Paying attention to aid

13 July 2018

“The Australian National University recognises the start date of my doctoral studies as 28 March 2013. Yet, as this project has neared its completion and I have reflected on my thesis journey, I am increasingly convinced that the real ‘start date’ of this thesis was August 2009,” relates International Relations PhD graduate Benjamin Day.

“It was during a three-year stint living and working in Papua New Guinea as ‘aid workers’, that my wife Laura and I visited Mount Hagen for a weekend to attend the cultural celebrations of the Mount Hagen show.

“While the show itself was an amazing experience, my most vivid memories of that weekend are of being engrossed in David Halberstam’s book The Best and the Brightest, an account of how the U.S. became entangled in the Vietnam War. The way Halberstam presented incredibly detailed and penetrating personal portraits of key decision makers and then layered these into a broader narrative was enthralling. Given my circumstances at the time, I naturally drew parallels between the world Halberstam described and the ‘aid world’ I inhabited,” Ben explained.

“In particular I related to the discrepancies between what was happening ‘on the ground’ in Vietnam and in Washington D.C., to the discrepancies that I was increasingly becoming aware of Australia’s aid program ‘on the ground’ in Papua New Guinea versus in Canberra.”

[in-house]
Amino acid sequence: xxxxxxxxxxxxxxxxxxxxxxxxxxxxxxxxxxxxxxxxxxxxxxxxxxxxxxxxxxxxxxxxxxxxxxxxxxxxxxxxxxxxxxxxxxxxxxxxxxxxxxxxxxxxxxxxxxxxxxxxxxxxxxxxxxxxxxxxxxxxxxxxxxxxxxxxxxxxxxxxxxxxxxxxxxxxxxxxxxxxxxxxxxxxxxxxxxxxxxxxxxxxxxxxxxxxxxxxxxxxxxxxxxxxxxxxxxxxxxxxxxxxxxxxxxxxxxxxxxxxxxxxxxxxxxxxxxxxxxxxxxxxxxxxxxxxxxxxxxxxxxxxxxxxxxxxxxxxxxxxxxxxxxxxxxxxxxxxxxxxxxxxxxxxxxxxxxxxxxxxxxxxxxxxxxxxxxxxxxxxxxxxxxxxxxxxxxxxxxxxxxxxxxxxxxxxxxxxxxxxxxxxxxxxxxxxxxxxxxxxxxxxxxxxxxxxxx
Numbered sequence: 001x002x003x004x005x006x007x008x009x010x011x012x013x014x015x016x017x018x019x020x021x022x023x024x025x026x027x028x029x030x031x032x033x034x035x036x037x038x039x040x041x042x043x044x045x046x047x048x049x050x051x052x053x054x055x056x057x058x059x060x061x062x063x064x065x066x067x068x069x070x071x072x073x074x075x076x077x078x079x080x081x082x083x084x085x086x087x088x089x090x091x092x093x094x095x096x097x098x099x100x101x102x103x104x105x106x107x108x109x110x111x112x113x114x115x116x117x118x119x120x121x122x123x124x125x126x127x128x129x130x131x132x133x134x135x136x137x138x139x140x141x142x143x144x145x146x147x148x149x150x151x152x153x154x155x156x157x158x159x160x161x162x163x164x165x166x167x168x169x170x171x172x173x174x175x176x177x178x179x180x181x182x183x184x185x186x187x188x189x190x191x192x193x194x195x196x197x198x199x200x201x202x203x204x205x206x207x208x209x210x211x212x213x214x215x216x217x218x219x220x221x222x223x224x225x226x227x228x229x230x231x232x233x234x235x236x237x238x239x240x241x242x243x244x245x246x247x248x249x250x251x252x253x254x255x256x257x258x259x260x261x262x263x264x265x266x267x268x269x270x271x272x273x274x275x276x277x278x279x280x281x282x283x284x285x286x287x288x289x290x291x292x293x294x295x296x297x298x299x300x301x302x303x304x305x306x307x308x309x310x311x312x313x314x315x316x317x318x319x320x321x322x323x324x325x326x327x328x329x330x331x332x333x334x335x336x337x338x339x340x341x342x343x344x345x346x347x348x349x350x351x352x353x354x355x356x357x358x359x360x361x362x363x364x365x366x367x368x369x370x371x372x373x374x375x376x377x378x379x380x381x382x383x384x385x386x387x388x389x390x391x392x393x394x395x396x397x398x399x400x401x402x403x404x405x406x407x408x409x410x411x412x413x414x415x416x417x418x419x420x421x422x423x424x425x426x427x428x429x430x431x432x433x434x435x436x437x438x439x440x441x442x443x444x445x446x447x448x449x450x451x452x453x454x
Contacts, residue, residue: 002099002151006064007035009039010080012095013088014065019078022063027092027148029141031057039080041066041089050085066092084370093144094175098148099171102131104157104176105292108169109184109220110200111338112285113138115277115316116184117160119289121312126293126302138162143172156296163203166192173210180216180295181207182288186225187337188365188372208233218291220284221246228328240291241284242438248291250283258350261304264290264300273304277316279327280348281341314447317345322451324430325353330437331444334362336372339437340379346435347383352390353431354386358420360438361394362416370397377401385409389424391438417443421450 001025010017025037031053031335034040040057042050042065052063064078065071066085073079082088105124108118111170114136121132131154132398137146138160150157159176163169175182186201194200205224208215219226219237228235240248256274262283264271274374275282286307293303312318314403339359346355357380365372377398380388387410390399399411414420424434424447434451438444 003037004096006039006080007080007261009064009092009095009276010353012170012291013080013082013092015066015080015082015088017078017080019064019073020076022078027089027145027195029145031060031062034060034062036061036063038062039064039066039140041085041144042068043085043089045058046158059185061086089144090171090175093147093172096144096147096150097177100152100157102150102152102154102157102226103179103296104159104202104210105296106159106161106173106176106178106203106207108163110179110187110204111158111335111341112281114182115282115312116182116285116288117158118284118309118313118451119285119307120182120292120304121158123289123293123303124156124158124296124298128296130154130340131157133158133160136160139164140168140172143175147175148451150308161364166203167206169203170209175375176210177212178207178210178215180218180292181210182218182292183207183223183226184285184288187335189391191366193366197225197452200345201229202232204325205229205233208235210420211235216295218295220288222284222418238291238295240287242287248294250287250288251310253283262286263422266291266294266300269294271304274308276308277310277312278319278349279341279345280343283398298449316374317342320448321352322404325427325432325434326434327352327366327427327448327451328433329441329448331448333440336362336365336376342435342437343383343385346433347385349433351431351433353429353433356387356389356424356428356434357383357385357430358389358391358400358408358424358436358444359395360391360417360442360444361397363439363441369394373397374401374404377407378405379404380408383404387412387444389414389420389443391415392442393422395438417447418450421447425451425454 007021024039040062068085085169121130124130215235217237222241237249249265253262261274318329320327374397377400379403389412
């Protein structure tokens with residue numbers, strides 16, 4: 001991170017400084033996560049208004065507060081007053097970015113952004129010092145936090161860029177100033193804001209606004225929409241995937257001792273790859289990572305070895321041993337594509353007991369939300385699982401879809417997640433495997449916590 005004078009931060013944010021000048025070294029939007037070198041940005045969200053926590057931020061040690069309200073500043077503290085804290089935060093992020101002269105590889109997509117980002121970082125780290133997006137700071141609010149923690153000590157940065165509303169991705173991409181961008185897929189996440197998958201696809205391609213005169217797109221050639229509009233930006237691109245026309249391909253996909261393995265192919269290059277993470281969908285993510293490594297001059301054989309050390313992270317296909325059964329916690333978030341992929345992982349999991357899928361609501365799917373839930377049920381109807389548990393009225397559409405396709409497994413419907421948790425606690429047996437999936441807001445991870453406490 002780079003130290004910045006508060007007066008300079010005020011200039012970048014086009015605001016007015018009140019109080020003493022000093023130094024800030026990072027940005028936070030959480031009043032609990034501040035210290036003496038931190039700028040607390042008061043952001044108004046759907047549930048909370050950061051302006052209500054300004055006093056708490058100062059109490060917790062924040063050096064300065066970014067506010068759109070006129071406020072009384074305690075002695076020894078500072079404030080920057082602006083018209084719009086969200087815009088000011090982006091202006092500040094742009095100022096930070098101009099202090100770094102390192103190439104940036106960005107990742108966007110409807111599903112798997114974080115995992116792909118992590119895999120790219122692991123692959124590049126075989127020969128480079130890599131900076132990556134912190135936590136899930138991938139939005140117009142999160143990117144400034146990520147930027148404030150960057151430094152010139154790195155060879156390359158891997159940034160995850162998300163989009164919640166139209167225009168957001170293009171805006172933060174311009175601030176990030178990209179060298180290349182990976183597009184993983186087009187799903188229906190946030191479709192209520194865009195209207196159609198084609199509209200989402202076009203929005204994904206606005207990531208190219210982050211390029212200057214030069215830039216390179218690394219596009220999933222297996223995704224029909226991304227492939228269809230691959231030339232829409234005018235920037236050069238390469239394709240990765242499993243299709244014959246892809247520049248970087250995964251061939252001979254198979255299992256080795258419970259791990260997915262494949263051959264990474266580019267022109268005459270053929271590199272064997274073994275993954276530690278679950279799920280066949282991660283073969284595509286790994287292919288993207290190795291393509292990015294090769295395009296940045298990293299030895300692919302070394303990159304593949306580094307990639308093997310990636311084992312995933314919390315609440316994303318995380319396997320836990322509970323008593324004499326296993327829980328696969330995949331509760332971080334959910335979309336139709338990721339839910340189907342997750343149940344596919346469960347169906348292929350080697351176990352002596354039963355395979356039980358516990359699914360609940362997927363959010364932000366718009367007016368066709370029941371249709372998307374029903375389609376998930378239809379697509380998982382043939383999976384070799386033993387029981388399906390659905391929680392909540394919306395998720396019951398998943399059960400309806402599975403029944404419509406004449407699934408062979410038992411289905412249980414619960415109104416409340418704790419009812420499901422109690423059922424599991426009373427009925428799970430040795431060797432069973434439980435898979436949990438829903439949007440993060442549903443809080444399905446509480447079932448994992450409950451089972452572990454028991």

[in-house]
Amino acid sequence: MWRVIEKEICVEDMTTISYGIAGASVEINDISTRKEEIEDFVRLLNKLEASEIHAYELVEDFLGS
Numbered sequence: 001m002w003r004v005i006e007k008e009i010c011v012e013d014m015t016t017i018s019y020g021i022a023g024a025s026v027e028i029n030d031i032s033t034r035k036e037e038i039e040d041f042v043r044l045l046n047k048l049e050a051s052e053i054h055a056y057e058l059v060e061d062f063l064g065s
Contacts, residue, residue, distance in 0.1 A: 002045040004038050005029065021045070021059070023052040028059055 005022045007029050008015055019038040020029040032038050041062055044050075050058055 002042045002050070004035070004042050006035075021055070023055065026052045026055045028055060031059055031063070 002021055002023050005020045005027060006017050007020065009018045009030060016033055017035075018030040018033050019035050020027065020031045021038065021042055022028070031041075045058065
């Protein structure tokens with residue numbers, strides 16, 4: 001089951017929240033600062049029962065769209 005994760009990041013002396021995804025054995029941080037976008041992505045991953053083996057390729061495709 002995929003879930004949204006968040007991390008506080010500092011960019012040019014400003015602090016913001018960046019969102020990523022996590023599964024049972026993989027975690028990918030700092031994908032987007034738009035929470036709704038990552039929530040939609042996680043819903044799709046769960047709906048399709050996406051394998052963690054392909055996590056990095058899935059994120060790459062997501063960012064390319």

“Looking back, it was reading Halberstam that marks the beginning of a concerted interest in trying to understand how high-level political decisions are made in the world of aid. At the most foundational level, my study is an outworking of that curiosity.”

Ben submitted his PhD thesis-a comparative study of aid policy change in Australia, the United Kingdom and the Netherlands-in December 2017. His research found that states change the trajectory of their aid policy when powerful individual political actors pay sustained attention to aid policy issues.

When asked to talk about his ANU PhD experience, Ben reflected on the opportunities he was afforded. “The best thing about being an ANU PhD candidate is the excuse it gives you to knock on doors, send emails and pick up the telephone to speak to anyone you would like to-the opportunity to follow up anything you’re really interested in.” During the course of his project, Ben interviewed cabinet ministers, political advisers, parliamentary officials, journalists, high-ranking bureaucrats and academics.

Ben also spoke about the quality of the learning environment at ANU. “I am very grateful for the attention and mentoring I received from my supervisor, Dr Mathew Davies, and for the friendly colleagues here in the Department who encouraged and supported me over this long journey.”

Ben is presently engaged as an associate lecturer in the Department of International Relations at the Coral Bell School of Asia Pacific Affairs, where he teaches courses on Foreign Policy Analysis and Australian Foreign Policy and is working on publishing material from his PhD.

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